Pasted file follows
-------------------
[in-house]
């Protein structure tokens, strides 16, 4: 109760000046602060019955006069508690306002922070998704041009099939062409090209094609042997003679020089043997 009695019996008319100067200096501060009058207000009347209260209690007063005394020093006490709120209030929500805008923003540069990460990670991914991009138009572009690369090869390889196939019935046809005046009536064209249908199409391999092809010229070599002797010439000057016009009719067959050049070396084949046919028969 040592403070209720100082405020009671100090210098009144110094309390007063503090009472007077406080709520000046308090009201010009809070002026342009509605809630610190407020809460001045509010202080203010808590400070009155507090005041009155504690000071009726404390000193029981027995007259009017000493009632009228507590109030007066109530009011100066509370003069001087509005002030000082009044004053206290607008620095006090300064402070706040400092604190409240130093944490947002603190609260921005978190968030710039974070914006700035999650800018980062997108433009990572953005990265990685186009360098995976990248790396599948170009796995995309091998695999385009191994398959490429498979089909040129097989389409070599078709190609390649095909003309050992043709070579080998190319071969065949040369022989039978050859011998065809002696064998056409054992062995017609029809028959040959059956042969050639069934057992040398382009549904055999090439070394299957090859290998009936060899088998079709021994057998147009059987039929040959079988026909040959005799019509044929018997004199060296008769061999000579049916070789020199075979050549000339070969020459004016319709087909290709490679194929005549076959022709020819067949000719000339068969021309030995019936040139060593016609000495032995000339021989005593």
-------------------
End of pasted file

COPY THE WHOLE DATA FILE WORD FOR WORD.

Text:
[in-house]
């Protein structure tokens, strides 16, 4: 109760000046602060019955006069508690306002922070998704041009099939062409090209094609042997003679020089043997 009695019996008319100067200096501060009058207000009347209260209690007063005394020093006490709120209030929500805008923003540069990460990670991914991009138009572009690369090869390889196939019935046809005046009536064209249908199409391999092809010229070599002797010439000057016009009719067959050049070396084949046919028969 040592403070209720100082405020009671100090210098009144110094309390007063503090009472007077406080709520000046308090009201010009809070002026342009509605809630610190407020809460001045509010202080203010808590400070009155507090005041009155504690000071009726404390000193029981027995007259009017000493009632009228507590109030007066109530009011100066509370003069001087509005002030000082009044004053206290607008620095006090300064402070706040400092604190409240130093944490947002603190609260921005978190968030710039974070914006700035999650800018980062997108433009990572953005990265990685186009360098995976990248790396599948170009796995995309091998695999385009191994398959490429498979089909040129097989389409070599078709190609390649095909003309050992043709070579080998190319071969065949040369022989039978050859011998065809002696064998056409054992062995017609029809028959040959059956042969050639069934057992040398382009549904055999090439070394299957090859290998009936060899088998079709021994057998147009059987039929040959079988026909040959005799019509044929018997004199060296008769061999000579049916070789020199075979050549000339070969020459004016319709087909290709490679194929005549076959022709020819067949000719000339068969021309030995019936040139060593016609000495032995000339021989005593």